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Discussion Starter #1
this is my last post on this forum but wanted to leave with a bit of useful information. been looking for a way to control my layout from a remote using a simple plug in application. found a remote control lamp dimmer that allows you to adjust the power going to the transformer which adjusts the power coming from the transformer. you can preset the top speed at the transformer then use the remote for power on / off as well as set the speed. this works and the track is still being powered by the ac transformer. no glitches of any kind and a really simple way to ad a remote control to ANY analog train. works with marx e units, lionel e units as well as electronic e units. simple and effective total cost $ 24.95.

 

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Well, sorry to see you go.

And . . . I'd be careful using that remote system. It probably will work with about 90% of the locos you run, particularly old ones. But with some modern ones - even from the 90s, it would run into problems - harmonics and all. Not sure which would fail to work first, or fail utterly first, the remote unit or the train loco, but i would not take the chance.

Again, sorry to see you go. Good luck whatever the reason.
 

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Well, sorry to see you go.

And . . . I'd be careful using that remote system. It probably will work with about 90% of the locos you run, particularly old ones. But with some modern ones - even from the 90s, it would run into problems - harmonics and all. Not sure which would fail to work first, or fail utterly first, the remote unit or the train loco, but i would not take the chance.

Again, sorry to see you go. Good luck whatever the reason.
+1. A train transformer is not designed for the partial duty cycle AC input that a lamp dimmer will supply. Obviously it works in the short term. But you don't know what damage you'll cause in the long term; excessive heat, magnetic stress on the windings to name a few. And the circuits in a light dimmer are made for a bulb's resistive load, not the inductive load of a transformer. At the very minimum, a fan controller will have capacitance to counter the inductive load of the motor.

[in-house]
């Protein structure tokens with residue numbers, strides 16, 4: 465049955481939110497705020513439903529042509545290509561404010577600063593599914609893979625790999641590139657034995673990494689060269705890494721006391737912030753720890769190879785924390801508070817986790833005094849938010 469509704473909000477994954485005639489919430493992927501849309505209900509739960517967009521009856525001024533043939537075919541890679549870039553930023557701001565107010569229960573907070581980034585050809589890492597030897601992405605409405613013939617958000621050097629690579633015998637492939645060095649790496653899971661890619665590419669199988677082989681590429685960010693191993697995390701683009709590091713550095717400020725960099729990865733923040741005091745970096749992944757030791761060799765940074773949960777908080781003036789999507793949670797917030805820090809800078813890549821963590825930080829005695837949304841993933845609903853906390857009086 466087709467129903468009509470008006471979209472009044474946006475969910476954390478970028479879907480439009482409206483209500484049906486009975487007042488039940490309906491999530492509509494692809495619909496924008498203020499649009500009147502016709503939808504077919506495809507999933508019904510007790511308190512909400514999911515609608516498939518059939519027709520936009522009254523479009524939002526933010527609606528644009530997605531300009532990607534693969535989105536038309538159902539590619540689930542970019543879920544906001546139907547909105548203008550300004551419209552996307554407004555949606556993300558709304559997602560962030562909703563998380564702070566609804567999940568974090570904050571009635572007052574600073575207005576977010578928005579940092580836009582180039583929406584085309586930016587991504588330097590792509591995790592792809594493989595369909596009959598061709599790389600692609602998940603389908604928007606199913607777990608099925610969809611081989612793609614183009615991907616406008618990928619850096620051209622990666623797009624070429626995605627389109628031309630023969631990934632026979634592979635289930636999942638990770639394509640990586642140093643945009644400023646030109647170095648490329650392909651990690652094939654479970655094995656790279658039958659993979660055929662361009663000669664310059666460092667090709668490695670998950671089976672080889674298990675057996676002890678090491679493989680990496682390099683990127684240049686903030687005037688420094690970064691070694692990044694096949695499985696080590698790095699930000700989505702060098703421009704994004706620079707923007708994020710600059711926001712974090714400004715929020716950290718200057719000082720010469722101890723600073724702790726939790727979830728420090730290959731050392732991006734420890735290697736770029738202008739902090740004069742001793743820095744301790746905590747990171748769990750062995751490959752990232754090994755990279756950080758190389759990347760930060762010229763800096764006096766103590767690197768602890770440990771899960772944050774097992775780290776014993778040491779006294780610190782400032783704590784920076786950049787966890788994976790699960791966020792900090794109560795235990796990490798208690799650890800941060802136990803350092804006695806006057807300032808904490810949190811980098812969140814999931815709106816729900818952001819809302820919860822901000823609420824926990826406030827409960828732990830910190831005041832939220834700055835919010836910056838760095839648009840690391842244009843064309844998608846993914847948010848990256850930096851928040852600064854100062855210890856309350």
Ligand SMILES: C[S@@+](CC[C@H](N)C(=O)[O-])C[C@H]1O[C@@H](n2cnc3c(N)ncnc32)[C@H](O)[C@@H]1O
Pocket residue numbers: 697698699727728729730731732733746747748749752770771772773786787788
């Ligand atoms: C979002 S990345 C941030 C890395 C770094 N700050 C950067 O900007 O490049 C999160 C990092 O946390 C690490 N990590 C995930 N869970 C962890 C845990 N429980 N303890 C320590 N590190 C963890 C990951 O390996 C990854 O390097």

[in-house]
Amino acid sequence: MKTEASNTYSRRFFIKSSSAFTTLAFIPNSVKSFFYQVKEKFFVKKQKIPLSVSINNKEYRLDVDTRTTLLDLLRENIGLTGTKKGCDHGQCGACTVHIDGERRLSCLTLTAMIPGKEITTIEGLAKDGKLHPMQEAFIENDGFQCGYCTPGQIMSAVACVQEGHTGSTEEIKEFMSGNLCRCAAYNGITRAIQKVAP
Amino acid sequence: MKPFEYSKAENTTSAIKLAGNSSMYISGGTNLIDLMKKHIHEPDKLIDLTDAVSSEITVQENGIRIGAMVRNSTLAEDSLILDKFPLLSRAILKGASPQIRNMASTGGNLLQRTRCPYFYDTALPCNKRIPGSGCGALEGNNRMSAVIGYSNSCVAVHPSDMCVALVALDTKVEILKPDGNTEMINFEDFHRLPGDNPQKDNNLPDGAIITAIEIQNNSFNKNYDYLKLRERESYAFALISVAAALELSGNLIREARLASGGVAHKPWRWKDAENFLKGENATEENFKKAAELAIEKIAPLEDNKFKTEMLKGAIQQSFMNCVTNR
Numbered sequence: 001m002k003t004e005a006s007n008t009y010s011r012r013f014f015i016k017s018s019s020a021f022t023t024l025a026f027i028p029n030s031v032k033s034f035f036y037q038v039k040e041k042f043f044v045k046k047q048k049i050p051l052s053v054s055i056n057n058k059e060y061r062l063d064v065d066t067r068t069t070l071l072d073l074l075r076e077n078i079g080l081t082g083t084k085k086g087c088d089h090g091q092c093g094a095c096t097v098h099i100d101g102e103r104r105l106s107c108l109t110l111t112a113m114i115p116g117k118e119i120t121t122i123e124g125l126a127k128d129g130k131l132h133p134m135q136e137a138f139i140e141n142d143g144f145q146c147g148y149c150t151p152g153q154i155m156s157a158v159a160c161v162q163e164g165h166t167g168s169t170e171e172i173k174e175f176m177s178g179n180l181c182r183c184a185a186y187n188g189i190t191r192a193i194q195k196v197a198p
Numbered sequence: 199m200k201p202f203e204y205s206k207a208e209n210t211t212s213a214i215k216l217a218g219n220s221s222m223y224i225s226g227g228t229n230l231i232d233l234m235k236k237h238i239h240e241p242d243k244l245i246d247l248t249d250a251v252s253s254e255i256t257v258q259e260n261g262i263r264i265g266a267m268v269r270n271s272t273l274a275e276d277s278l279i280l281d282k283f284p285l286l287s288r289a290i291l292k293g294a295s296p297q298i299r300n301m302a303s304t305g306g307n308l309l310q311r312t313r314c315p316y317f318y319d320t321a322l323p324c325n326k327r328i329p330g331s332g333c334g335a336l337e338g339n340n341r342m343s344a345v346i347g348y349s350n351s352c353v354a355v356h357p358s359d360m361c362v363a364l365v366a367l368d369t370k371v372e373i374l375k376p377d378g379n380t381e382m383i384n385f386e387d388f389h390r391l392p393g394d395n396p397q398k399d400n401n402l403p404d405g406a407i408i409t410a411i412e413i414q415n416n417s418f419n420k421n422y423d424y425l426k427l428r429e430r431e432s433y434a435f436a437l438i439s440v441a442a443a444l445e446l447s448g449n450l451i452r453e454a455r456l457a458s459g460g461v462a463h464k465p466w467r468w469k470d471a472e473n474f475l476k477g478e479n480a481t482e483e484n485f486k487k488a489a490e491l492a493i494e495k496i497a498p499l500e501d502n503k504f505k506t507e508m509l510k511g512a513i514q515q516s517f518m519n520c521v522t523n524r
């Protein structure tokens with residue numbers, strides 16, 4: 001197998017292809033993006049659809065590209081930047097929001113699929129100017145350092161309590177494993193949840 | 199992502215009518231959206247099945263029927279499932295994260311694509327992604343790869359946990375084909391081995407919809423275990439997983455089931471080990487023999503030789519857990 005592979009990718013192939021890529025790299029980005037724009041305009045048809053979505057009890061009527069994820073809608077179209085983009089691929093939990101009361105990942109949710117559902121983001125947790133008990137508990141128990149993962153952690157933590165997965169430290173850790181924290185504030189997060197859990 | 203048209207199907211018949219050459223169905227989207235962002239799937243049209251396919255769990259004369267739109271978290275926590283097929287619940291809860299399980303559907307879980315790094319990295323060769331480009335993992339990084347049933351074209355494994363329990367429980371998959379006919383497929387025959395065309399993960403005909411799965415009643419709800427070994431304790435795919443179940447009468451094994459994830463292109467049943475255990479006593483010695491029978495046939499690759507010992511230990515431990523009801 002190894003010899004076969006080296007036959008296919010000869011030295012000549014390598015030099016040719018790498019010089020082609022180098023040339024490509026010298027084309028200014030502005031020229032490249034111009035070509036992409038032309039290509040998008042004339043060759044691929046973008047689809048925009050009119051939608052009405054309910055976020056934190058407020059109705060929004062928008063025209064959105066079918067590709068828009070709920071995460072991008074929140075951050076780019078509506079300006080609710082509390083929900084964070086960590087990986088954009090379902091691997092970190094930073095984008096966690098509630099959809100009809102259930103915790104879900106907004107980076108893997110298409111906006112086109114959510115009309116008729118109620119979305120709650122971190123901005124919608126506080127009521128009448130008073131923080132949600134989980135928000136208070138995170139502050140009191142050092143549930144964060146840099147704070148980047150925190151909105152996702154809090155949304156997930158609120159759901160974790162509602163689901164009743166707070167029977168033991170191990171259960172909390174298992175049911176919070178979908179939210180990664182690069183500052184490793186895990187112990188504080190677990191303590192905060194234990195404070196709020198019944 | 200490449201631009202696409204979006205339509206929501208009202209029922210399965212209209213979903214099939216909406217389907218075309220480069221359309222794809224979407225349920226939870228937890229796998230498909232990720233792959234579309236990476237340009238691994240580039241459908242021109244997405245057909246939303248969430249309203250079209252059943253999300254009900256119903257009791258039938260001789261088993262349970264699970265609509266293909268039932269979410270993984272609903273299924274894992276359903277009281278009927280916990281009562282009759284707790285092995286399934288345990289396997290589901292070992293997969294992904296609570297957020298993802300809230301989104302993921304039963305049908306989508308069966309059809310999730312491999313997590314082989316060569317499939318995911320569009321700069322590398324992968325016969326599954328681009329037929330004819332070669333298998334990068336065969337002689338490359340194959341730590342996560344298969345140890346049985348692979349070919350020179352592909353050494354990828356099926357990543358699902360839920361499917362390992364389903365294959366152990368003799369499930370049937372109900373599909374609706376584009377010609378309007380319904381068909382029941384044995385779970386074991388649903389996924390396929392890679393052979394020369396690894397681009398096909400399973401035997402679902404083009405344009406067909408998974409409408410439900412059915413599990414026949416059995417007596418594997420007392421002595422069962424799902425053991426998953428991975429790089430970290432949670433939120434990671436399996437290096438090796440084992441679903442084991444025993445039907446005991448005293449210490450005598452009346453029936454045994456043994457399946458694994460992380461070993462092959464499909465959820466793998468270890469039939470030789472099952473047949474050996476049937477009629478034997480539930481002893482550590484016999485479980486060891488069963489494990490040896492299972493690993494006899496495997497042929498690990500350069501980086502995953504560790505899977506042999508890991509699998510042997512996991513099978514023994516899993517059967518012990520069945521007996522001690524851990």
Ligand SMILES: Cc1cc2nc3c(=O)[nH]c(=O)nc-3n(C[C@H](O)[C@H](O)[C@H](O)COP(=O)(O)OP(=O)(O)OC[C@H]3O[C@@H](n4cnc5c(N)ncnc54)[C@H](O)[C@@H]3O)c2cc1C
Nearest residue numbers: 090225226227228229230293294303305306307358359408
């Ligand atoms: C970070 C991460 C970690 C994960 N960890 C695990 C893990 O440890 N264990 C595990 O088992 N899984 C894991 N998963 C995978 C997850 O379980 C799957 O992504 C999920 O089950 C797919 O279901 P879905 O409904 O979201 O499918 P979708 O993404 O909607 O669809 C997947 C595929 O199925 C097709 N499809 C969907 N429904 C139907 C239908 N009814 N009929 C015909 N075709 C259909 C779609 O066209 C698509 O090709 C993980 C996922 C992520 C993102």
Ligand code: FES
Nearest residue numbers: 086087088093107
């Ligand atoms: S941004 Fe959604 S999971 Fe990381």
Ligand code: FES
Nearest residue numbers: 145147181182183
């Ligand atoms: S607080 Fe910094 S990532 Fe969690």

That's why most light dimmers have a warning against using them for fan control.

541267
 

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Discussion Starter #5
+1. A train transformer is not designed for the partial duty cycle AC input that a lamp dimmer will supply. Obviously it works in the short term. But you don't know what damage you'll cause in the long term; excessive heat, magnetic stress on the windings to name a few. And the circuits in a light dimmer are made for a bulb's resistive load, not the inductive load of a transformer. At the very minimum, a fan controller will have capacitance to counter the inductive load of the motor.

That's why most light dimmers have a warning against using them for fan control.

View attachment 541267
actually i do know the long term affect of using a lamp dimmer to power this transformer, i have been using a manual dimmer for five years with no ill affect at ALL. its a transformer, put in x amount of voltage get out x amount of voltage. the controller is rated at 300 watts halogen so there is no down side to doing this, it works, its efficient and its cheap. it will run any analog locomotive including electronic e units with no problem of any kind. i dont post videos unless i have TESTED the application. all its doing is turning the voltage down going to the track NOTHING ELSE, thats how you run an analog train isnt it ???
 

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Discussion Starter #6
actually i do know the long term affect of using a lamp dimmer to power this transformer, i have been using a manual dimmer for five years with no ill affect at ALL. its a transformer, put in x amount of voltage get out x amount of voltage. the controller is rated at 300 watts halogen so there is no down side to doing this, it works, its efficient and its cheap. it will run any analog locomotive including electronic e units with no problem of any kind. i dont post videos unless i have TESTED the application. all its doing is turning the voltage down going to the track NOTHING ELSE, thats how you run an analog train isnt it ???
LIONEL 8633 WITH ELECTRONIC E UNIT
 

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I hate to see you go. I will miss the videos and the informative/ lively discussions that followed. I guess you will still be doing the YT Videos in the future?